Data-Driven Parameter Estimation of Time Delay Dynamical Systems for Stability Prediction
Subtractive machining operations such as milling, turning, and drilling are an essential part of many manufacturing processes. Unfortunately, under certain combinations of machine settings, the motion of the cutting tool can become unstable, due to feedback between consecutive passes of the tool. This phenomenon is known as chatter. Mathematical models, specifically delay differential equations (DDEs), can describe the motion of the cutting tool and predict this instability. While these models are useful, estimates of the models' parameters are necessary in order to apply them to real systems. Unfortunately, estimating the parameters directly can be time-consuming, expensive, and difficult. The objective of this research is to develop automated methods to estimate these parameters indirectly, from time series measurements of the tool's motion which can be collected in a few minutes with sensors attached to the machine. The estimated parameters can then be used to predict when chatter will occur so that the machine operator can select appropriate settings.
One way to estimate the parameters of a dynamics model is to match the characteristic multipliers (CMs) predicted by the model to CMs estimated from time series data. CMs describe the behavior, such as stability, of a dynamical system near a limit cycle. While existing CM estimation methods are available, practical challenges such as measurement noise, limited time series length, and repeated CMs can substantially reduce their accuracy. The first part of this dissertation presents improved methods for estimating CMs from time series. Numerical validation studies demonstrate that the improved methods consistently provide more accurate CM estimates than existing methods in a variety of scenarios.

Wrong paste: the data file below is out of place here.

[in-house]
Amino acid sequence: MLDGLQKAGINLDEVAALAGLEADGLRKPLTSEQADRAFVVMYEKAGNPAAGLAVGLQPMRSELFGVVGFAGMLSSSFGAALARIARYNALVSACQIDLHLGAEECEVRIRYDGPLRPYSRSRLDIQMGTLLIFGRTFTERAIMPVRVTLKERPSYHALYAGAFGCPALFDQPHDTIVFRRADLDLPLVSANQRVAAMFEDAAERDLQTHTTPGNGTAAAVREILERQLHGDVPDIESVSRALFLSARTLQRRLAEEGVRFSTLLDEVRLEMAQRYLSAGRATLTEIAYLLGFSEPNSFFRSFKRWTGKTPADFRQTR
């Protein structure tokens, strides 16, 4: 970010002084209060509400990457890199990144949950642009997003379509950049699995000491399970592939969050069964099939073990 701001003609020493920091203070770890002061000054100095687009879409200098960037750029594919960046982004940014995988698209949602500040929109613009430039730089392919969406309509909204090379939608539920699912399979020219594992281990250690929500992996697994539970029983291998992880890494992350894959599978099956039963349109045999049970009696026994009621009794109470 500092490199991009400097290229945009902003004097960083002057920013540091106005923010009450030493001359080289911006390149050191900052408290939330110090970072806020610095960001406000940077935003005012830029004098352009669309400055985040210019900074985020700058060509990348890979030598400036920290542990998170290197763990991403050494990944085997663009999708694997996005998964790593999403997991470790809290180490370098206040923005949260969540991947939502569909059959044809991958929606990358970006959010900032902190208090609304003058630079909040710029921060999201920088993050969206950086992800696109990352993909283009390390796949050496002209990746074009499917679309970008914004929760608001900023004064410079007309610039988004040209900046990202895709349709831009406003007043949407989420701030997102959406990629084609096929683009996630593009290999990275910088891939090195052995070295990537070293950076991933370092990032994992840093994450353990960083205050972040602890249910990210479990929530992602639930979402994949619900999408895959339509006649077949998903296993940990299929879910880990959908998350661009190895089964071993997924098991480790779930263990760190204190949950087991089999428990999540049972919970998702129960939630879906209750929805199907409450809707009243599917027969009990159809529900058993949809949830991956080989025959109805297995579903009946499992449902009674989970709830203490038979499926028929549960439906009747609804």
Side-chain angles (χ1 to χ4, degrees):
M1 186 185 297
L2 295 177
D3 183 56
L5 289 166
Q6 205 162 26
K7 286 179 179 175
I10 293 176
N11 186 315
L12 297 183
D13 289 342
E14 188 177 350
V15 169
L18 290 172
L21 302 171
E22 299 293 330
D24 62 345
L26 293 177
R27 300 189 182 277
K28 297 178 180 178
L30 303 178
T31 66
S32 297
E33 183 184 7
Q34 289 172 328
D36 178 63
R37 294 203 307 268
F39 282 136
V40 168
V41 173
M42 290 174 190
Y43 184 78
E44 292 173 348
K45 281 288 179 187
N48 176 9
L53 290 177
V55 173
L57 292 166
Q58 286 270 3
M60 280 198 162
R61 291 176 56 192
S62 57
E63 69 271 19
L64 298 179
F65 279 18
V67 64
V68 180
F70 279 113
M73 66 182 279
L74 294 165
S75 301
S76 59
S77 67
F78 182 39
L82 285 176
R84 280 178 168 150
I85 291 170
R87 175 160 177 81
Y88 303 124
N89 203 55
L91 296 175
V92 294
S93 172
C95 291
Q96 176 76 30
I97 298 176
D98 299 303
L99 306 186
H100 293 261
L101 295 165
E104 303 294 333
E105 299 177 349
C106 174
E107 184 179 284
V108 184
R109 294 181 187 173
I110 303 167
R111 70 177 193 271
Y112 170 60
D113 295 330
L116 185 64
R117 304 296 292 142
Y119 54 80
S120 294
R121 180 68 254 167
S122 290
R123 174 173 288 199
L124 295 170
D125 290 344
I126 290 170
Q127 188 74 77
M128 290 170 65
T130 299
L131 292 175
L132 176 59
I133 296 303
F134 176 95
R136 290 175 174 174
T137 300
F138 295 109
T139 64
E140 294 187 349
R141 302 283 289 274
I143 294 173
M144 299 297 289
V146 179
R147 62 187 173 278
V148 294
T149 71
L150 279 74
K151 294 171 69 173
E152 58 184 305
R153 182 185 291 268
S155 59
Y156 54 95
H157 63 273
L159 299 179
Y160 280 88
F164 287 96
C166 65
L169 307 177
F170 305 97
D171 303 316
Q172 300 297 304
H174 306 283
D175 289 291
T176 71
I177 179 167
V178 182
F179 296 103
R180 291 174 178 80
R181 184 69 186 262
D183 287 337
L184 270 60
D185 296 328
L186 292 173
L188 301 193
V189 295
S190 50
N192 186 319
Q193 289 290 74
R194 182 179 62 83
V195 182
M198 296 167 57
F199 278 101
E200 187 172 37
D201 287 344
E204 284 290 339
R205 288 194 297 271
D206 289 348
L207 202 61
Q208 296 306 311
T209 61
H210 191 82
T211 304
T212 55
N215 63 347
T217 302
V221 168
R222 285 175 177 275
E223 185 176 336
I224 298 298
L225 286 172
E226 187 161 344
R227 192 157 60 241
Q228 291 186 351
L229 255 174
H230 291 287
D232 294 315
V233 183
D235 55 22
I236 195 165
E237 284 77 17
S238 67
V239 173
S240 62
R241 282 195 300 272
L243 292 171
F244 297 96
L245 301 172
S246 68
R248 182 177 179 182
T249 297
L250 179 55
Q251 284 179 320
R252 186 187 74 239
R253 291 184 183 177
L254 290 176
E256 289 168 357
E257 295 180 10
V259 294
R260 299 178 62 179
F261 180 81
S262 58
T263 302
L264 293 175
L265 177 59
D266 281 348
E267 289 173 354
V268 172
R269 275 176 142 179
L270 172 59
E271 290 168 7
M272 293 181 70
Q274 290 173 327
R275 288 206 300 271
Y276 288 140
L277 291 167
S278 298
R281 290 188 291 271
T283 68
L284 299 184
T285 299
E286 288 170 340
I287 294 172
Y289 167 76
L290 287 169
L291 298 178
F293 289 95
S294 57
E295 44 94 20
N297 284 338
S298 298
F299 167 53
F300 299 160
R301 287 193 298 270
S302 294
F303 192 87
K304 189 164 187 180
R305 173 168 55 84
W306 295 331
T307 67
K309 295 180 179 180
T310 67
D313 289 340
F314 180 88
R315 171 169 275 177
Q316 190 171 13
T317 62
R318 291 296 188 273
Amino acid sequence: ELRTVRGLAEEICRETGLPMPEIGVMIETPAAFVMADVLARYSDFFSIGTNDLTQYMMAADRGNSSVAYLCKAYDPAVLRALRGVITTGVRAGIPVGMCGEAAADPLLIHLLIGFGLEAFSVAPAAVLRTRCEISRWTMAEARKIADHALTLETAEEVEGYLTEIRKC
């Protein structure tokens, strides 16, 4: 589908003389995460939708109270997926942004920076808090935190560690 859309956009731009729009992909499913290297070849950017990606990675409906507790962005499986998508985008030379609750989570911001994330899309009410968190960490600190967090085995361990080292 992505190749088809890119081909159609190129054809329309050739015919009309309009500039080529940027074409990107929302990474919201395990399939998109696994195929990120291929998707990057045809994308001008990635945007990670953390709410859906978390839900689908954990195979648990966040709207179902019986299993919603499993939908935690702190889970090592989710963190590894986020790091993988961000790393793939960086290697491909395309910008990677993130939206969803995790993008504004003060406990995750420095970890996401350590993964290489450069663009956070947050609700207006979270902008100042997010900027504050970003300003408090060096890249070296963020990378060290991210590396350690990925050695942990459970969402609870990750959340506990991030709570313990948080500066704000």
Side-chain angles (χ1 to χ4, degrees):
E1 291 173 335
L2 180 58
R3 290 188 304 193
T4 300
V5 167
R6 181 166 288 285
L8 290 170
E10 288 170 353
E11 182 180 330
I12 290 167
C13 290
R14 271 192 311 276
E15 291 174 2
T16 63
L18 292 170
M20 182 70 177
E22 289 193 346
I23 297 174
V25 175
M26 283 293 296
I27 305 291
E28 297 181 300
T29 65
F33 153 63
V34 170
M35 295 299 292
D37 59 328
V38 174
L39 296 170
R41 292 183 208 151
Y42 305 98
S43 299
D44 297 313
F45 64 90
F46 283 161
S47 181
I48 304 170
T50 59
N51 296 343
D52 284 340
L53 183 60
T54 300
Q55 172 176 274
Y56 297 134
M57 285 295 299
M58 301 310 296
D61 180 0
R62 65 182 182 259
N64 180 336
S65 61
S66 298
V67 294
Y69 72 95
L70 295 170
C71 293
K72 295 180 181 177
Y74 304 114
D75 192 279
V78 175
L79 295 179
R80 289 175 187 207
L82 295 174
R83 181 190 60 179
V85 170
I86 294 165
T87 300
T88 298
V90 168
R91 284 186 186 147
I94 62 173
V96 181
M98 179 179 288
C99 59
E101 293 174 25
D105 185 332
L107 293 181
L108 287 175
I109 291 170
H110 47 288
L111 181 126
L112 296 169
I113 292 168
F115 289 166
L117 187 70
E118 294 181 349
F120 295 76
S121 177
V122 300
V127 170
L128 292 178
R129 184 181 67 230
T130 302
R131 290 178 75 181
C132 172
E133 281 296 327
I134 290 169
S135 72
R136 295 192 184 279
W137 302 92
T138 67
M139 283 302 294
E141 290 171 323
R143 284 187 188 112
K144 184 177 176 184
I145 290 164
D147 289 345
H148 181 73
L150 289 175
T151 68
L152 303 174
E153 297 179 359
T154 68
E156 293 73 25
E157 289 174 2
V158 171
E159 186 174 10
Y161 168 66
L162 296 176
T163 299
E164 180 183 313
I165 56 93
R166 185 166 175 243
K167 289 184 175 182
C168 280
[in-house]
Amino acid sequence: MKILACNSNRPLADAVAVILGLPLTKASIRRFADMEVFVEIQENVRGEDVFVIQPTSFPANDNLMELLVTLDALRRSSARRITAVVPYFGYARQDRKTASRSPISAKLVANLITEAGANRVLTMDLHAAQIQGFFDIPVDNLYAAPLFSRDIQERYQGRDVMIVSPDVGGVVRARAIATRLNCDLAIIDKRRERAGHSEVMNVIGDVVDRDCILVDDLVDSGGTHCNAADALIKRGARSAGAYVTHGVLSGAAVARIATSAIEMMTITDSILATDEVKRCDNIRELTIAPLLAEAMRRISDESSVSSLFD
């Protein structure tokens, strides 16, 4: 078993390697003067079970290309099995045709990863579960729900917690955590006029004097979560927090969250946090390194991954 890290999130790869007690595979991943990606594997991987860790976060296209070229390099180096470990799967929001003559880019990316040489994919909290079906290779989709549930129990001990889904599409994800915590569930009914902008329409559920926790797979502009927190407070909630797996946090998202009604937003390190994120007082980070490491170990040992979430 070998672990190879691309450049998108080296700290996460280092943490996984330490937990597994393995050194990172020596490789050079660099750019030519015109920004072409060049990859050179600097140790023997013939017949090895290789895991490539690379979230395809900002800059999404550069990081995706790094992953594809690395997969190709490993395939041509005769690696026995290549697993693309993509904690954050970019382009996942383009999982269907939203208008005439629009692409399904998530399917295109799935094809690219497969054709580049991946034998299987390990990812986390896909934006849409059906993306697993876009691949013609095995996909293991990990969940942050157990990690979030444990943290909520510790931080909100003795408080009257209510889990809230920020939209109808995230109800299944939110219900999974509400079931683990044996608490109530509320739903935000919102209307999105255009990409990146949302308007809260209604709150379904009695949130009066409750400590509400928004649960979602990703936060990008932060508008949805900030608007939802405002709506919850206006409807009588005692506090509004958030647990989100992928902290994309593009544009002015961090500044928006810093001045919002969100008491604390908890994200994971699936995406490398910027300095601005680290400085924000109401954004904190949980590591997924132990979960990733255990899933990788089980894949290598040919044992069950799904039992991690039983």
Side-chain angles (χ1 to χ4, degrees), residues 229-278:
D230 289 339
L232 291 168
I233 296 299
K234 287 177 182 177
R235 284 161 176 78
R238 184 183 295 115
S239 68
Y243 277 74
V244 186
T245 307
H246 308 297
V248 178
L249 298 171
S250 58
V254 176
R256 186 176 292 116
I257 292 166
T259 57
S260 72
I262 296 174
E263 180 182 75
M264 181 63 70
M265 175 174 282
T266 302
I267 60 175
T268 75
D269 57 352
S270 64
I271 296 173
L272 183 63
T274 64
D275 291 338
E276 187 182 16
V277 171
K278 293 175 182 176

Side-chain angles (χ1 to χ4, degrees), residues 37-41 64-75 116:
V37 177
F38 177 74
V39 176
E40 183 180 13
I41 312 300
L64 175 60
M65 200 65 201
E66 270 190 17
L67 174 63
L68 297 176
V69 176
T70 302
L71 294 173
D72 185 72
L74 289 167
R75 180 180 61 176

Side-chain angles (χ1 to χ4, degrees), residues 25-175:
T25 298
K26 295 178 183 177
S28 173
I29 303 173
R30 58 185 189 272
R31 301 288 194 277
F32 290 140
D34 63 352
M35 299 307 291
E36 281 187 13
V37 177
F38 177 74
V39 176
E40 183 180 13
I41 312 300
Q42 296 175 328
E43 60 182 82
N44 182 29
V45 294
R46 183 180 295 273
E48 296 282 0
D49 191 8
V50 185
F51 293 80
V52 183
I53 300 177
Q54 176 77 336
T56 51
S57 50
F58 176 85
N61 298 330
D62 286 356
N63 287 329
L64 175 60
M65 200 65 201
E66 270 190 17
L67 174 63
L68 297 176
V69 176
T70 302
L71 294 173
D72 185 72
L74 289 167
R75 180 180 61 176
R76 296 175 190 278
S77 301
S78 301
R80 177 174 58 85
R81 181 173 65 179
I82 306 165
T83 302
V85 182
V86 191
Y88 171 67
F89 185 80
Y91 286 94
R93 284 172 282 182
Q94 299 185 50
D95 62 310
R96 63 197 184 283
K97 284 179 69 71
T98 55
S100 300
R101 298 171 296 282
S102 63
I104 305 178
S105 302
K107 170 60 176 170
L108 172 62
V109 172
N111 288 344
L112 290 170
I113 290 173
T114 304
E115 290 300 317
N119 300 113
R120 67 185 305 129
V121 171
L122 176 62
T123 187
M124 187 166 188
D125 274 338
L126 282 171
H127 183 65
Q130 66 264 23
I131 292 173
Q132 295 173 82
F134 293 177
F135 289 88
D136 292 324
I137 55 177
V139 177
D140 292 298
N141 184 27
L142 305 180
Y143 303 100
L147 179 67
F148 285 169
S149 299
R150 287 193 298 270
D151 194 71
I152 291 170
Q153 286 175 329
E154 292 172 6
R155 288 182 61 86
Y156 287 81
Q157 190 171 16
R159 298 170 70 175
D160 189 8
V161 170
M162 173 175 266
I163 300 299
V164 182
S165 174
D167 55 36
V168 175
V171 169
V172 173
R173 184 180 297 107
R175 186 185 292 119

The second part of this dissertation introduces improvements to CM matching and trajectory matching methods for estimating the parameters of DDEs from noisy time series data. For CM matching, it incorporates the empirical CM estimation improvements from the previous part, and it introduces a way to match multiple CM estimates for each time series. For trajectory matching, it describes how to handle multivariate observations and prior knowledge in a principled way; it uses the spectral element method to provide a convenient representation of the initial interval and reduce the computational cost of computing the objective function; and it fits multiple time series simultaneously. Simulation results demonstrate that these improved methods work well in practice, although CM matching has some limitations which are not a problem for the trajectory matching method.
The final part of this dissertation introduces a new approach to estimate the parameters of a DDE model for milling from noisy time series data, based on the trajectory matching approach described in the previous part. It extends models from the literature to more closely fit the time series data, and it describes a procedure to estimate the unknown parameters in stages, without having to solve a global optimization algorithm for all the parameters simultaneously. Additionally, it adapts the spectral element method to make predictions for this model. Experimental results using time series data collected on an instrumented milling machine demonstrate that the model and fitting procedure successfully estimate parameters for which the predicted stability boundaries approximate the true stability boundaries.
Delay differential equations
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